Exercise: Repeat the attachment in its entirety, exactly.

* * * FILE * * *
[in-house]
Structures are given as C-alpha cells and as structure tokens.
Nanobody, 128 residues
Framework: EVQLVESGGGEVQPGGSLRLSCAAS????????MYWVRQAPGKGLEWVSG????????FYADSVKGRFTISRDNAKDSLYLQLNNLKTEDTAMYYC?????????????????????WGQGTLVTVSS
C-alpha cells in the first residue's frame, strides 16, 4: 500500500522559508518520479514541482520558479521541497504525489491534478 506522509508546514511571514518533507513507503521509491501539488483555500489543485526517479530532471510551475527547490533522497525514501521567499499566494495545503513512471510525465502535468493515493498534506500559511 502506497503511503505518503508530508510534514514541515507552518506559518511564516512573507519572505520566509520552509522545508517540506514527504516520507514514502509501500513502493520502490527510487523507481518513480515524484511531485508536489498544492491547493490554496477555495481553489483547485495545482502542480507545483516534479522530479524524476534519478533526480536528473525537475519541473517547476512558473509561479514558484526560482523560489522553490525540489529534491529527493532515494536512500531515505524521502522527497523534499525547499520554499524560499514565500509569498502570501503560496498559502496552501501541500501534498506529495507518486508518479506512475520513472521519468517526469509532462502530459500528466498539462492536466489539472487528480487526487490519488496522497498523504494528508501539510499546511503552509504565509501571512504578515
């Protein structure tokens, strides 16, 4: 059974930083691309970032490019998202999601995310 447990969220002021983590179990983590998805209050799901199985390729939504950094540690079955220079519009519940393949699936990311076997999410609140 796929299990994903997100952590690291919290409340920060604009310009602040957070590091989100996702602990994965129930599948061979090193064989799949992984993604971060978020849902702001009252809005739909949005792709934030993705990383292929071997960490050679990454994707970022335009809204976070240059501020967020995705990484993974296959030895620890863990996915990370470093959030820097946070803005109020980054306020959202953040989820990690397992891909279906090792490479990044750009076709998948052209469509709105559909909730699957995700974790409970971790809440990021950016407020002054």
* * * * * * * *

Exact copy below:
[in-house]
Structures are given as C-alpha cells and as structure tokens.
Nanobody, 128 residues
Framework: EVQLVESGGGEVQPGGSLRLSCAAS????????MYWVRQAPGKGLEWVSG????????FYADSVKGRFTISRDNAKDSLYLQLNNLKTEDTAMYYC?????????????????????WGQGTLVTVSS
C-alpha cells in the first residue's frame, strides 16, 4: 500500500522559508518520479514541482520558479521541497504525489491534478 506522509508546514511571514518533507513507503521509491501539488483555500489543485526517479530532471510551475527547490533522497525514501521567499499566494495545503513512471510525465502535468493515493498534506500559511 502506497503511503505518503508530508510534514514541515507552518506559518511564516512573507519572505520566509520552509522545508517540506514527504516520507514514502509501500513502493520502490527510487523507481518513480515524484511531485508536489498544492491547493490554496477555495481553489483547485495545482502542480507545483516534479522530479524524476534519478533526480536528473525537475519541473517547476512558473509561479514558484526560482523560489522553490525540489529534491529527493532515494536512500531515505524521502522527497523534499525547499520554499524560499514565500509569498502570501503560496498559502496552501501541500501534498506529495507518486508518479506512475520513472521519468517526469509532462502530459500528466498539462492536466489539472487528480487526487490519488496522497498523504494528508501539510499546511503552509504565509501571512504578515
């Protein structure tokens, strides 16, 4: 059974930083691309970032490019998202999601995310 447990969220002021983590179990983590998805209050799901199985390729939504950094540690079955220079519009519940393949699936990311076997999410609140 796929299990994903997100952590690291919290409340920060604009310009602040957070590091989100996702602990994965129930599948061979090193064989799949992984993604971060978020849902702001009252809005739909949005792709934030993705990383292929071997960490050679990454994707970022335009809204976070240059501020967020995705990484993974296959030895620890863990996915990370470093959030820097946070803005109020980054306020959202953040989820990690397992891909279906090792490479990044750009076709998948052209469509709105559909909730699957995700974790409970971790809440990021950016407020002054």